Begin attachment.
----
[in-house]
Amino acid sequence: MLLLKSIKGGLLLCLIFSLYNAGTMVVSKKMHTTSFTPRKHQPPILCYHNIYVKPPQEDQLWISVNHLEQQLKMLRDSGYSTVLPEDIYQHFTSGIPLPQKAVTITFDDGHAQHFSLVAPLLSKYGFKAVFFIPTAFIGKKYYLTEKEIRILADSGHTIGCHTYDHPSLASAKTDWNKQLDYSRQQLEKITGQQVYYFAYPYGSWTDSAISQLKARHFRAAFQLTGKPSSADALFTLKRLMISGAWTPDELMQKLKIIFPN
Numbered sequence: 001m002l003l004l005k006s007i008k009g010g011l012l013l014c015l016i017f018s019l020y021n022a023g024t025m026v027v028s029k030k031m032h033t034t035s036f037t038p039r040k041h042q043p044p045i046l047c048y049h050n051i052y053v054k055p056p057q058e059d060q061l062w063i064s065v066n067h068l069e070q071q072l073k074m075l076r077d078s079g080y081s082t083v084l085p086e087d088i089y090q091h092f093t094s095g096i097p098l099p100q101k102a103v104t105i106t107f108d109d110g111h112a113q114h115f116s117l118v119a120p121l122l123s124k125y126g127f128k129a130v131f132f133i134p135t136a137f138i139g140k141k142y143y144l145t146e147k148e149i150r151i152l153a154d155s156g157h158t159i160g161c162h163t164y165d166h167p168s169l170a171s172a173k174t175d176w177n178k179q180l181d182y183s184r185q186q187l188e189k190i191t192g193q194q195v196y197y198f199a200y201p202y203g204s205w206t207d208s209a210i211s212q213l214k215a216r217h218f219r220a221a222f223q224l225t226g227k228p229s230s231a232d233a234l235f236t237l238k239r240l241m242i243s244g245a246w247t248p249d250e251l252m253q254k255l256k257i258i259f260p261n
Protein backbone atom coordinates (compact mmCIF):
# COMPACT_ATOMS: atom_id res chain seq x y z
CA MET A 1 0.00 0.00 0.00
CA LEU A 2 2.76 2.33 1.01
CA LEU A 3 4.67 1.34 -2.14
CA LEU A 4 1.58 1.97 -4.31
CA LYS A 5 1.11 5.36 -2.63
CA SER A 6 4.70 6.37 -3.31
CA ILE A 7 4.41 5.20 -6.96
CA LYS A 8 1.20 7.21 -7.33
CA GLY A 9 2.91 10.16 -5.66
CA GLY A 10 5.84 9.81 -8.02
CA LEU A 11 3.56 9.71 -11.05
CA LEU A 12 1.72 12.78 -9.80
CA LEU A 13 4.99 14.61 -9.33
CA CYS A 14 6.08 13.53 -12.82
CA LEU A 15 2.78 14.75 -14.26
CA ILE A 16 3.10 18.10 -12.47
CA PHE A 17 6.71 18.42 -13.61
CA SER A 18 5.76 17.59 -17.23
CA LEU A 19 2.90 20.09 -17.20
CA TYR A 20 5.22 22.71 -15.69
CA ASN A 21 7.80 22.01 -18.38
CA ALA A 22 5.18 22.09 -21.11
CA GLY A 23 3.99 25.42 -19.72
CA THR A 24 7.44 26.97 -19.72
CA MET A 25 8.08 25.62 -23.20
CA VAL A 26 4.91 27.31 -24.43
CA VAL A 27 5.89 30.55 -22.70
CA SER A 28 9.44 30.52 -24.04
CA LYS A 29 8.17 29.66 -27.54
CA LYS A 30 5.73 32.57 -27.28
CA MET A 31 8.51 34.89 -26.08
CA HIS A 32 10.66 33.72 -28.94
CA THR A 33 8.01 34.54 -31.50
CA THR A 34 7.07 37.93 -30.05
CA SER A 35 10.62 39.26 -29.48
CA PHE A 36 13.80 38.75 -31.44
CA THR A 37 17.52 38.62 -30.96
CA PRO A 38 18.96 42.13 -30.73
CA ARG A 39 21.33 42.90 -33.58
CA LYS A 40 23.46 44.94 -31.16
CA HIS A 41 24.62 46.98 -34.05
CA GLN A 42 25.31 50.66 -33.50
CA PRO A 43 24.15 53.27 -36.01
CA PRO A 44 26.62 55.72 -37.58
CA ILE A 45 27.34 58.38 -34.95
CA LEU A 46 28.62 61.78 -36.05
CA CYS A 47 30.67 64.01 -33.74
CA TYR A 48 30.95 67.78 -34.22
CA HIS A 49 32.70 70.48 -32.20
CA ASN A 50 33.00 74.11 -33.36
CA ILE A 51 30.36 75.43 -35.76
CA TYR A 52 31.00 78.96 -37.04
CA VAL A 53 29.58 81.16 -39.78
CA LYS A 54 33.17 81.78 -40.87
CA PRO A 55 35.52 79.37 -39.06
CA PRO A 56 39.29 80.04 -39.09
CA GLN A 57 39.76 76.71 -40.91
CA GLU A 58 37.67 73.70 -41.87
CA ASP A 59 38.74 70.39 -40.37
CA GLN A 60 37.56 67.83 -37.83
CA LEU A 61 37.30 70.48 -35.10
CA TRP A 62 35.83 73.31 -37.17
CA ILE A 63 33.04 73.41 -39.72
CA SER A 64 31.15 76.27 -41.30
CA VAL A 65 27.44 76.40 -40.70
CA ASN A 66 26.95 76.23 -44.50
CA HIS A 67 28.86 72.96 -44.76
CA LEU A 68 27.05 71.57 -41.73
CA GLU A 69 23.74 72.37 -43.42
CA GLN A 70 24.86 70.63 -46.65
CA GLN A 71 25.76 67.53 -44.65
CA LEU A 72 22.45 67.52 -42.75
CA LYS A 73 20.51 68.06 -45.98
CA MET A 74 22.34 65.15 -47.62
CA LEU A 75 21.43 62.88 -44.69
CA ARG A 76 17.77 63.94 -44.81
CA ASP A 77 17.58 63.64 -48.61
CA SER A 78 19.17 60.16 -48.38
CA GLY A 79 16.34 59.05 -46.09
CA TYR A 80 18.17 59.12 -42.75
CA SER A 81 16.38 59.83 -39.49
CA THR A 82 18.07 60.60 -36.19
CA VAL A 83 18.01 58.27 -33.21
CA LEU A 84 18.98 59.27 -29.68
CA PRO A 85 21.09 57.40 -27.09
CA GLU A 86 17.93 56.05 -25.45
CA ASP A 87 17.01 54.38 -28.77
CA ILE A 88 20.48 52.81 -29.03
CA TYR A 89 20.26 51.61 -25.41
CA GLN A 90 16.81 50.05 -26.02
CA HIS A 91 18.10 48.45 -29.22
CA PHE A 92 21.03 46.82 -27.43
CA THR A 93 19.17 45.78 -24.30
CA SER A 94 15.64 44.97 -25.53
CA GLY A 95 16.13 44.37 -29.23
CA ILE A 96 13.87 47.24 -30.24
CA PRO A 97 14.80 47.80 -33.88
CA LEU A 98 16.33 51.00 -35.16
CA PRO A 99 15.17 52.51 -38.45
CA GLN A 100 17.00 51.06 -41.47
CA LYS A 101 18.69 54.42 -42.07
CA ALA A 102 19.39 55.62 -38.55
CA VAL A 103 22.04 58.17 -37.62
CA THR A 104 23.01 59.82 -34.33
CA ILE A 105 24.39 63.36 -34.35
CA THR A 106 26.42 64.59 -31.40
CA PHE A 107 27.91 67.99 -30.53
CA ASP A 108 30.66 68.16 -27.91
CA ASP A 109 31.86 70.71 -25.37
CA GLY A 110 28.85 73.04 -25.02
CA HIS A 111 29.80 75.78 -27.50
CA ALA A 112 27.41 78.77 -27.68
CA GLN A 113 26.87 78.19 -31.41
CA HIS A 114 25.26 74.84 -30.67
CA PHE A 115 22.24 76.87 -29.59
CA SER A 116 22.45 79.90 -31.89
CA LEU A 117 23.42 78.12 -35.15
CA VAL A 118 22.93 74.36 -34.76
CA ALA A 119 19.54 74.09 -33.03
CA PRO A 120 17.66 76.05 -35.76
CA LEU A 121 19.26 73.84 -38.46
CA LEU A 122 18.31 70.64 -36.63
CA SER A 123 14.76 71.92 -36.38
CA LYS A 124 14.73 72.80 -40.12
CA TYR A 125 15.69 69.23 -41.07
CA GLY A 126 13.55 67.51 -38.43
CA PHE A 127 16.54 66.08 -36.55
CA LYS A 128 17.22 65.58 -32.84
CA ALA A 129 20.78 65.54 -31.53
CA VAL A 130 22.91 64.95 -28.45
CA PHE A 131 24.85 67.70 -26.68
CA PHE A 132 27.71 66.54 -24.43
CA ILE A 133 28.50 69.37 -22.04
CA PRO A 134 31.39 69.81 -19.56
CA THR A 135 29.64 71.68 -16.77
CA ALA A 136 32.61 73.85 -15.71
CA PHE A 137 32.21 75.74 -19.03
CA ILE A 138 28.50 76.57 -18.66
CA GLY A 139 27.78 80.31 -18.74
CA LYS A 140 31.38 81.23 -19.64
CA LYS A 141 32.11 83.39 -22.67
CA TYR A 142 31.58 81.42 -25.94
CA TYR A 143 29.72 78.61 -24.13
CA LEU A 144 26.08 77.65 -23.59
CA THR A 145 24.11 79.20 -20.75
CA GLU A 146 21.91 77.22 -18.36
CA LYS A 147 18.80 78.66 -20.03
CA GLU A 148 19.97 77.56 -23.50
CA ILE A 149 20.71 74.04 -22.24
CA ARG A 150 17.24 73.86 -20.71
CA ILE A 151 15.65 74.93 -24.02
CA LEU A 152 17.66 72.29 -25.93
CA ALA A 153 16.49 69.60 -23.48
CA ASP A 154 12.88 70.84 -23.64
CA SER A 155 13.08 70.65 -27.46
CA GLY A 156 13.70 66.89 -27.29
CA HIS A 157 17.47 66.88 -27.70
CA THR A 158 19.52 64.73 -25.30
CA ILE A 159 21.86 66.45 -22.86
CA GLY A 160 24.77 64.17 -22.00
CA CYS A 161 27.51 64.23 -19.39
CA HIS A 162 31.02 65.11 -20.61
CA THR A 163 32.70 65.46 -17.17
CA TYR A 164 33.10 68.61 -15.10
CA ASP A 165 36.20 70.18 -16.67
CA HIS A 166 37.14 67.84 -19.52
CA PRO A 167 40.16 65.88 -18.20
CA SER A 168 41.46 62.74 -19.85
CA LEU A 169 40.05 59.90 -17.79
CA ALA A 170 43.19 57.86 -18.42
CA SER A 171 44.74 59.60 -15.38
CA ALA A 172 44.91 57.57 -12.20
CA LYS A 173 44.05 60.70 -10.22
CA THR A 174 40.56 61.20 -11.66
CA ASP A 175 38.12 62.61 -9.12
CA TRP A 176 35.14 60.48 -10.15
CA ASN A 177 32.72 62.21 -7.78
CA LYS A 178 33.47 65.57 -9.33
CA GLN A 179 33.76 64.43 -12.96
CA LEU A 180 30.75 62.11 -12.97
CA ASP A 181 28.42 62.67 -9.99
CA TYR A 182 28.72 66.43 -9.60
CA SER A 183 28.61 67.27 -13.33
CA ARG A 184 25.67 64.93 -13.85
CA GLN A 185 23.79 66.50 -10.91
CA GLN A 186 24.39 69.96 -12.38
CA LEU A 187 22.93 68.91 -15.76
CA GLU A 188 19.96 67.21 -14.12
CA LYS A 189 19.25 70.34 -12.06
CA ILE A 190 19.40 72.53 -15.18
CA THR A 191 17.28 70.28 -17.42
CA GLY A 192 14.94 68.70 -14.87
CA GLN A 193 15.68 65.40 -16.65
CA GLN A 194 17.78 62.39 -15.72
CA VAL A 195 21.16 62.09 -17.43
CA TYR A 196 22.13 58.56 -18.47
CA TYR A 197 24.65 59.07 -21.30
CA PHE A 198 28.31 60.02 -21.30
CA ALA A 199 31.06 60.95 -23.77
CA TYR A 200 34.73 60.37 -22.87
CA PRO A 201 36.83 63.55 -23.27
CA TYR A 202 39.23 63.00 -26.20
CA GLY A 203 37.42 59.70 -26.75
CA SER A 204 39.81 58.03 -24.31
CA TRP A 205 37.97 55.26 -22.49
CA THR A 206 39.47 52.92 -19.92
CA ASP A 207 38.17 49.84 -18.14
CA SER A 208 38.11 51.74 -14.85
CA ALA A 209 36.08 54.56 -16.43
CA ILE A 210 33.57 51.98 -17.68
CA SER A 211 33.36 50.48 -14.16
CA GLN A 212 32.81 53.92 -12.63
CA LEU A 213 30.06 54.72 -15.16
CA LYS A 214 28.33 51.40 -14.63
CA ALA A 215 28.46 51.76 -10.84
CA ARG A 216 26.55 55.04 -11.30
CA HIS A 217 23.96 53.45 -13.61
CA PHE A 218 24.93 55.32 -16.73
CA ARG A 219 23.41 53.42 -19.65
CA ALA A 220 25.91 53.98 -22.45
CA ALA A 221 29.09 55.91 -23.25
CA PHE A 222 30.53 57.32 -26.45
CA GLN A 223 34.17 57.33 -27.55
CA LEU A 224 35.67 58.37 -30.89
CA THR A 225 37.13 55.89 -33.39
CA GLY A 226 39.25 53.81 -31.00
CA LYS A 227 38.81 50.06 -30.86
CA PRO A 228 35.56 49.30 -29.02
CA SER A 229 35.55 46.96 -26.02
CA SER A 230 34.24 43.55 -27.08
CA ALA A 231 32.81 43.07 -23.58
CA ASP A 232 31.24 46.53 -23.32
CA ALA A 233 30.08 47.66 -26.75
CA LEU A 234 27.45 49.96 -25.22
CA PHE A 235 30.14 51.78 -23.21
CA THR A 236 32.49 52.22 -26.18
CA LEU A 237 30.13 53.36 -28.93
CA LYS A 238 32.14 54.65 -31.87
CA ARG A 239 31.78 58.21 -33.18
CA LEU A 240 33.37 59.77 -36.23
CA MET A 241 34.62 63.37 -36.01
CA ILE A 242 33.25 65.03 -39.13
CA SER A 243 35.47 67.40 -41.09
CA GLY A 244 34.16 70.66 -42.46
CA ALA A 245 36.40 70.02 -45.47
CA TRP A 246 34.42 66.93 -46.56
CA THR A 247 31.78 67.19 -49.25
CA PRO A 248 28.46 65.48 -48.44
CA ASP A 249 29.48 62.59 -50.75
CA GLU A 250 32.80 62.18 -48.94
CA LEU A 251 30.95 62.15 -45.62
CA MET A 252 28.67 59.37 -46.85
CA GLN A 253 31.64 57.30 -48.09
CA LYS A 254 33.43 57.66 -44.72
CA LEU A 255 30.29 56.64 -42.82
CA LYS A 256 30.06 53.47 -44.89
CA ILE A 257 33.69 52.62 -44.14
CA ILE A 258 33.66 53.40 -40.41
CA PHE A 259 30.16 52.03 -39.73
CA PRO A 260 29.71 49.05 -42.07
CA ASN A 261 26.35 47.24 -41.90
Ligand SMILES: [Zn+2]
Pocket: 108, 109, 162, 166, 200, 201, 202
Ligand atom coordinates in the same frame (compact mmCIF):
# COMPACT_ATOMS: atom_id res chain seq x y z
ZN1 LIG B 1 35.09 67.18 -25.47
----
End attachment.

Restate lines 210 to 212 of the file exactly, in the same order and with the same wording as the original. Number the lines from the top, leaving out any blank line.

CA TRP A 205 37.97 55.26 -22.49
CA THR A 206 39.47 52.92 -19.92
CA ASP A 207 38.17 49.84 -18.14